SINN Fein and the DUP are at loggerheads again following Friday evening's parade in Rasharkin. Approximately 100 nationalists - including well-known local republicans - vented their opposition as 38 bands made their way through the village for the event which is hosted annually by Ballymaconnelly Sons of Conquerors Flute Band.
Up to 1000 band supporters who descended on Rasharkin were greeted by dozens opposed to the parade brandishing placards bearing slogans such as 'Residents' rights being trampled on'.
While the evening passed off without incident, both factions have voiced concerns in the aftermath of the parade.
Sinn Fein's Daithi McKay has claimed that residents were intimidated by loyalist band supporters - with a number threatened by men professing to be members of the UVF, according to Mr McKay.
"Several residents have informed me that when they challenged a number of uniformed bandsmen who were urinating in their gardens, they were subjected to a torrent of abusive language and threats against their person," said the North Antrim Assemblyman.
Mr McKay also alleged that bands ignored a determination that they were not to play the Sash on Main Street.
He praised the behaviour of the those protesting but said the influx of loyalists "coming into the village and misbehaving" had caused "a lot of anger" locally.
DUP MLA Mervyn Storey claimed many of those voicing their opposition to the parade had been specifically brought in to the area.
"If that's the best they can do they have failed miserably," he added.
"The way that republicans have brought people into this village to engage in a protest is evidence that they cannot encourage local people to come out and protest, because the majority of these people are not from the village.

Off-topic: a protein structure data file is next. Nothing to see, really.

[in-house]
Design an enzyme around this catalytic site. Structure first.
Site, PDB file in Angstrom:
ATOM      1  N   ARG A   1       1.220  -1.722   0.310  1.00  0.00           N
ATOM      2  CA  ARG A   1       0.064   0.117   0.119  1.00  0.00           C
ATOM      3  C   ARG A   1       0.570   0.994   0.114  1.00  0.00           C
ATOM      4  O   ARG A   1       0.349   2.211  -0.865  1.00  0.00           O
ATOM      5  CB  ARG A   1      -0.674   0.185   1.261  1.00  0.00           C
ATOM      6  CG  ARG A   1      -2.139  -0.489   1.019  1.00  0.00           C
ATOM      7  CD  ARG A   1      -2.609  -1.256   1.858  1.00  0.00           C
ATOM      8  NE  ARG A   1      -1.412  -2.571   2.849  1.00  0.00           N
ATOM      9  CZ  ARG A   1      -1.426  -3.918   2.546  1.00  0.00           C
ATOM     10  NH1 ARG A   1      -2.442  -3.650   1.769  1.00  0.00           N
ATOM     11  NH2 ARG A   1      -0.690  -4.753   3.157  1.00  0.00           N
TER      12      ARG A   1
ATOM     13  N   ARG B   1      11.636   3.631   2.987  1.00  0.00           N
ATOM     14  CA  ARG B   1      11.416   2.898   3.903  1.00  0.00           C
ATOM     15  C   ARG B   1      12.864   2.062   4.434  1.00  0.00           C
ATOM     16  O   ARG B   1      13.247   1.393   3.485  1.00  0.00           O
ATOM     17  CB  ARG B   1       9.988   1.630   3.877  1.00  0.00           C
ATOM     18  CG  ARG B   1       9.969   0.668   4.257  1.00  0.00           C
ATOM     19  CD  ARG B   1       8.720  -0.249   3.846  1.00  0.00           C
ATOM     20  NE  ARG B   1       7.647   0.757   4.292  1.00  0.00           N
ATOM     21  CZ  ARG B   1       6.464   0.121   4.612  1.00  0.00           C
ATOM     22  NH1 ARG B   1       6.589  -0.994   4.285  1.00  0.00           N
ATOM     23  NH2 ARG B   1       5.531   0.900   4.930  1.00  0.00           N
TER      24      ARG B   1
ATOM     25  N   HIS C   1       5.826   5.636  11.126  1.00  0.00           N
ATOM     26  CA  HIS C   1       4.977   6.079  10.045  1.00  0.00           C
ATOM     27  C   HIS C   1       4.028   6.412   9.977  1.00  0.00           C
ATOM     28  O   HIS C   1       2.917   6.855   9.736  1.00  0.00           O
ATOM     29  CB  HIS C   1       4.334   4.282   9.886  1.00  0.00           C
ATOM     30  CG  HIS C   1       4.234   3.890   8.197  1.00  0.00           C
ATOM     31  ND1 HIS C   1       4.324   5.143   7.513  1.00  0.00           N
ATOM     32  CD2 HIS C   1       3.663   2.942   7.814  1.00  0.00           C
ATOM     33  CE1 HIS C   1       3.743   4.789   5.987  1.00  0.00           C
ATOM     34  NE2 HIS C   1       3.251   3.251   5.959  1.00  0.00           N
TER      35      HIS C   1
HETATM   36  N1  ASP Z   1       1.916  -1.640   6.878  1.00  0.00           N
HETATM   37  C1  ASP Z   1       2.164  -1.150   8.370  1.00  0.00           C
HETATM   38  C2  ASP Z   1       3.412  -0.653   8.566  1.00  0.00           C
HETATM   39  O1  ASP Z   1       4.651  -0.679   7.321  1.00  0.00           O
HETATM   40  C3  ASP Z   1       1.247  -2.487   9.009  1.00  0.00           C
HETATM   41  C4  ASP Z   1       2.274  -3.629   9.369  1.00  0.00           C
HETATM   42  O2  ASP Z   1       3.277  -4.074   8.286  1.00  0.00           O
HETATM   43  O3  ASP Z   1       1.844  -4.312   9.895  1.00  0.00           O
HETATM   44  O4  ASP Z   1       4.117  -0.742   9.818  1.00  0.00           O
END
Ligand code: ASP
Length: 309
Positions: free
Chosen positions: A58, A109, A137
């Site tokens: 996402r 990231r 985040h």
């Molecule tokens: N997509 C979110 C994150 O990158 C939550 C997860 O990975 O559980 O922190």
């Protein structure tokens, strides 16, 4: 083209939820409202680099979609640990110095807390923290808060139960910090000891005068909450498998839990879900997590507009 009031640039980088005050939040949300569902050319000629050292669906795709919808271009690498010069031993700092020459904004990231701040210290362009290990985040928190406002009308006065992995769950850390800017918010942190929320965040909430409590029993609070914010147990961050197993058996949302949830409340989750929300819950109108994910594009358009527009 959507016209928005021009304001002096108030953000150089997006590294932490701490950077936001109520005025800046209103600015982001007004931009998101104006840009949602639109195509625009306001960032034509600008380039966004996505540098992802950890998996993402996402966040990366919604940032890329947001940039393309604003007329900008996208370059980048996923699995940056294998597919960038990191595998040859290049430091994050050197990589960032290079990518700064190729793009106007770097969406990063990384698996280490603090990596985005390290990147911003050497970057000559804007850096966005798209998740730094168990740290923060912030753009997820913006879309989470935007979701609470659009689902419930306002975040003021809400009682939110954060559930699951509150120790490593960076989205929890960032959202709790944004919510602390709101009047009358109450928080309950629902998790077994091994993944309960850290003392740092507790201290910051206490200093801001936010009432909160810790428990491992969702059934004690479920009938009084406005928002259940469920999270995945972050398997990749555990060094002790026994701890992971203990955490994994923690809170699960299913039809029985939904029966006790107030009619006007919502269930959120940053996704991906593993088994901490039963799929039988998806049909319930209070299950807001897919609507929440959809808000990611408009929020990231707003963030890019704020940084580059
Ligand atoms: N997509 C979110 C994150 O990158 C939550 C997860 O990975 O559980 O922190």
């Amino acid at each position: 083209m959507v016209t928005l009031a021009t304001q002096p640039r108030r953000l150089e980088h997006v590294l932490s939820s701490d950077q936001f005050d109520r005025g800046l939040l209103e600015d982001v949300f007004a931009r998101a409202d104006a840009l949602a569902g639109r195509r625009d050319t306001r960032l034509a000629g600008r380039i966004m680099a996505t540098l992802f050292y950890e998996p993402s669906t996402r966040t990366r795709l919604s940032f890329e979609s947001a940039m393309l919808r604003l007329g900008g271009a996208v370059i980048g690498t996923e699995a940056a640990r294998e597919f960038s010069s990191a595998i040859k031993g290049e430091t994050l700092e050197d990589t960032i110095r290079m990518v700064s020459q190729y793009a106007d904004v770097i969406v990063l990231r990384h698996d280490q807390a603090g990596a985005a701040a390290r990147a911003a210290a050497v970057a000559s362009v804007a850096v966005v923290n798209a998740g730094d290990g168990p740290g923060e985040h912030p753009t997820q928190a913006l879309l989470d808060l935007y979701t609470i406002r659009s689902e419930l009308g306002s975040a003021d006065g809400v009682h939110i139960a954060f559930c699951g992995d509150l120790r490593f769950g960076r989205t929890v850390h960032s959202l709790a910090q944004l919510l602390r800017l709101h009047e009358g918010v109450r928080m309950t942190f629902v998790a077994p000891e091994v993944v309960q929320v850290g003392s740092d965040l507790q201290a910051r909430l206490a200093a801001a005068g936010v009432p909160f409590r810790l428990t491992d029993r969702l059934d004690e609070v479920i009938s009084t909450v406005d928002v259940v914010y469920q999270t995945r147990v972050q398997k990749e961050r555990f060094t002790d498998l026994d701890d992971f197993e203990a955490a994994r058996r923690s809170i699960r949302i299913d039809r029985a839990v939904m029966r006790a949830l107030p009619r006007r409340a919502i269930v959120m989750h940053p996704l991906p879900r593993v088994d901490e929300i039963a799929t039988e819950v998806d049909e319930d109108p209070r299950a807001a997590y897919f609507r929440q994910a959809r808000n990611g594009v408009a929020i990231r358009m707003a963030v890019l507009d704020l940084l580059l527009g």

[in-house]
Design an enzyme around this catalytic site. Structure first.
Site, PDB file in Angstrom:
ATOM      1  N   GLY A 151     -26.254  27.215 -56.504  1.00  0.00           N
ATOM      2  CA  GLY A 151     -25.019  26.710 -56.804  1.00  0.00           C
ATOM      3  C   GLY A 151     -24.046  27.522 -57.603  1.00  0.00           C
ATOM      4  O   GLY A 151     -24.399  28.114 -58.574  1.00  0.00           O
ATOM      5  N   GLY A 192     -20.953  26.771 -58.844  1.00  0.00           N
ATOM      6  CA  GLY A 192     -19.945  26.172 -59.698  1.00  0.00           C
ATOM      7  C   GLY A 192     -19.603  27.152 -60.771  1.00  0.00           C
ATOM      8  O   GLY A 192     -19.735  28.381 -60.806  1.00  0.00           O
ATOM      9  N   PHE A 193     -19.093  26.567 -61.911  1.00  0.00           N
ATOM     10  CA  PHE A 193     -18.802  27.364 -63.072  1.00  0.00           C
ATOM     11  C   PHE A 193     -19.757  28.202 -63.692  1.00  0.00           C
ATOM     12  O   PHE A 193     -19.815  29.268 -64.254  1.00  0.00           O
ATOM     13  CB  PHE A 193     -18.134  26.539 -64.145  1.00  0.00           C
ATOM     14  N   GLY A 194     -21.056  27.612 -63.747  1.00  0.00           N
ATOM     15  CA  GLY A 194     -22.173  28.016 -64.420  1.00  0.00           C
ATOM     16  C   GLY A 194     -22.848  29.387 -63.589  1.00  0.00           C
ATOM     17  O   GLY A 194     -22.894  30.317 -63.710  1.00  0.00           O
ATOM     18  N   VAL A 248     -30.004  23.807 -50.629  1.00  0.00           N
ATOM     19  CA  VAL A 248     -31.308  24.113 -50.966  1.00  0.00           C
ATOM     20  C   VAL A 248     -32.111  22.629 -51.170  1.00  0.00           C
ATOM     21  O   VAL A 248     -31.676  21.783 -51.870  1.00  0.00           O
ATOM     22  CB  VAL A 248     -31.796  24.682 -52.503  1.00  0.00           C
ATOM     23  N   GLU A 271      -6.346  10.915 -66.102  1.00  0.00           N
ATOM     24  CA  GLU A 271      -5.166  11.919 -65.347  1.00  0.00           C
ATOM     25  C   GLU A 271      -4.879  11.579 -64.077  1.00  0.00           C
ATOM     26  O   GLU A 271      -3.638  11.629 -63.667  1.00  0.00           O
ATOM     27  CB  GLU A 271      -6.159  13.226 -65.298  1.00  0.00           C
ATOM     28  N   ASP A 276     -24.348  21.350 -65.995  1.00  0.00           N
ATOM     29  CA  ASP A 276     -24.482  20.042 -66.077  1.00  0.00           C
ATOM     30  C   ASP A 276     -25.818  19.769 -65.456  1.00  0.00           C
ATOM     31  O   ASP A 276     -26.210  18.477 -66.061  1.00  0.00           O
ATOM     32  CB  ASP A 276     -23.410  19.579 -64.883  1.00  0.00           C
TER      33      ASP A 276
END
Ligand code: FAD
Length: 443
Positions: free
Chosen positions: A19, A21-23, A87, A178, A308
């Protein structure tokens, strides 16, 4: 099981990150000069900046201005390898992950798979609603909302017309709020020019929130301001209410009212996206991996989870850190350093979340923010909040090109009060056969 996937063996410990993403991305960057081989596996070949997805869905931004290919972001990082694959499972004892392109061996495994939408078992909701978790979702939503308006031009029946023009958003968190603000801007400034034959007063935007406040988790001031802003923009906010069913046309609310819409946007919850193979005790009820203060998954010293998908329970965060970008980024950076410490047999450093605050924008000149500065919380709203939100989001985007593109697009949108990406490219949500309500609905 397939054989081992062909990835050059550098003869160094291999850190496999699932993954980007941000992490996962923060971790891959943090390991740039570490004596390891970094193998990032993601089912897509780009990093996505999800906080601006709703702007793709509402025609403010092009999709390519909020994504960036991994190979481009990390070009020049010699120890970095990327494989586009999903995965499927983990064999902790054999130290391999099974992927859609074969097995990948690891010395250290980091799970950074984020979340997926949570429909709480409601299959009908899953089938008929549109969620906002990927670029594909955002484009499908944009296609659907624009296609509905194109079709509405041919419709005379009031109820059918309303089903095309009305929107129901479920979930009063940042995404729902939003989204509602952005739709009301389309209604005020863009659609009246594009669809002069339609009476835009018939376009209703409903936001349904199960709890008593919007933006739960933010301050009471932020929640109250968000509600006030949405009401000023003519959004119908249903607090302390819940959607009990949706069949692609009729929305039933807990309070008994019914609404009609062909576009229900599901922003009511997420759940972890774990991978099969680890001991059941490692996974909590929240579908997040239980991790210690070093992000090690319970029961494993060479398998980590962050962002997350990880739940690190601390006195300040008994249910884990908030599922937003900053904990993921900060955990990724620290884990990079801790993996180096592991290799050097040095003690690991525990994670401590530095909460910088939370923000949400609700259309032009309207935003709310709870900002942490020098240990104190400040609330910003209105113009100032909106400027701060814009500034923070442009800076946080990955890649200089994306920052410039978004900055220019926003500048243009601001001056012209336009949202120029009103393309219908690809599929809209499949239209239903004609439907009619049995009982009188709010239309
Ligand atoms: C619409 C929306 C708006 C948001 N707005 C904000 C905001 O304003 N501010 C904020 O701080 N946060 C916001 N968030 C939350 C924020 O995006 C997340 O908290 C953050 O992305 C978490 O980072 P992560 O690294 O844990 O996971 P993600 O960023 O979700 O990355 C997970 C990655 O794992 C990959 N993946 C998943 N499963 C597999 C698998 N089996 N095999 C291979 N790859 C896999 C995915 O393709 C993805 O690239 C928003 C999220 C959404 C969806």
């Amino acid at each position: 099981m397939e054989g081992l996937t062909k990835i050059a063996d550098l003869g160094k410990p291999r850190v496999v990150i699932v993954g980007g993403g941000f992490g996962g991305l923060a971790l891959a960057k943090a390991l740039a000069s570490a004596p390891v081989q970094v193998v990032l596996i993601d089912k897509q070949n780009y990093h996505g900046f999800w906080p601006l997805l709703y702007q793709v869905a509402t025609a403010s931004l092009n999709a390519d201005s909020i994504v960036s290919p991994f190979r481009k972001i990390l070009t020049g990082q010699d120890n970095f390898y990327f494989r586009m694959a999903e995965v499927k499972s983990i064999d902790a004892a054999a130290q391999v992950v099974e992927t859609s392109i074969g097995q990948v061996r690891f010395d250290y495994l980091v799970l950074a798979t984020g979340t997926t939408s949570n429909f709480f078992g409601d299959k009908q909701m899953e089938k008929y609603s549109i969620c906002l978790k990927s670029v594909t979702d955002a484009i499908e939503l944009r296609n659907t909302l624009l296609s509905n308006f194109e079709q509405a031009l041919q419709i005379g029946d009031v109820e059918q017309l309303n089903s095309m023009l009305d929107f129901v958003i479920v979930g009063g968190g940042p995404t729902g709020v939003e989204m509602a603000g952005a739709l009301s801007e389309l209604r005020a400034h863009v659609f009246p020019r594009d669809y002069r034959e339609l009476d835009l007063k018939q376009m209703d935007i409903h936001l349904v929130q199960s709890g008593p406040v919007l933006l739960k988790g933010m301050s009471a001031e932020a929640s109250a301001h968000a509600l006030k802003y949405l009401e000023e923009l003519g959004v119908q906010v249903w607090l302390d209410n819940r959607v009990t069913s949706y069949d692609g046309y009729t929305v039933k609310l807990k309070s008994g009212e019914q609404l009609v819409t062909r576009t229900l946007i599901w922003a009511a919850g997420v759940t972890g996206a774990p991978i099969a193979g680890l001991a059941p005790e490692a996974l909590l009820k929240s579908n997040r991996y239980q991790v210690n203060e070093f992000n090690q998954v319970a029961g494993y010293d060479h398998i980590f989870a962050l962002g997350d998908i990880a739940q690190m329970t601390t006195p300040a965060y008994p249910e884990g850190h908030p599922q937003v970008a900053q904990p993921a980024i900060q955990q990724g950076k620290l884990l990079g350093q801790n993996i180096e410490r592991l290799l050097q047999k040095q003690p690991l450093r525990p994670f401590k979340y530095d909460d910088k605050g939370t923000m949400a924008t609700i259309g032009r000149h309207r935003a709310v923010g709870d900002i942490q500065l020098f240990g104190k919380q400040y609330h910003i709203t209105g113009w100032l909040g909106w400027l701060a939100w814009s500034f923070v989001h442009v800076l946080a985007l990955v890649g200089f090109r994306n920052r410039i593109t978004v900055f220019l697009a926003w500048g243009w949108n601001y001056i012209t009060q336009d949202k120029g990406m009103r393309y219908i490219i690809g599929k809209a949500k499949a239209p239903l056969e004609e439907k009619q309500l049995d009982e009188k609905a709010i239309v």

"It says a lot about them - the fact they have to boost their own support by bringing people in from as far away as Belfast."
Mr Storey also raised concerns about a number of individuals who he claimed were filming the bandsmen and supporters throughout the evening.
Mr Storey added that the bands and their supporters had behaved "impeccably".
A senior parade source denied that any of the flags being flown by bands during Friday night's parade were illegal.
A police spokesman said: "There was quite a substantial police presence in place to ensure the event passed off peacefully."
The spokesman praised the behaviour of both the parade's organisers and those protesting .
"I am happy to say there were no incidents," he added.
Community relations in Rasharkin are at rock bottom after clashes between rival factions over the Twelfth period and a spate of attacks on properties in the village in recent months.
The Orange Hall has also been targeted on several occasions with the letters 'IRA' daubed on the building last weekend.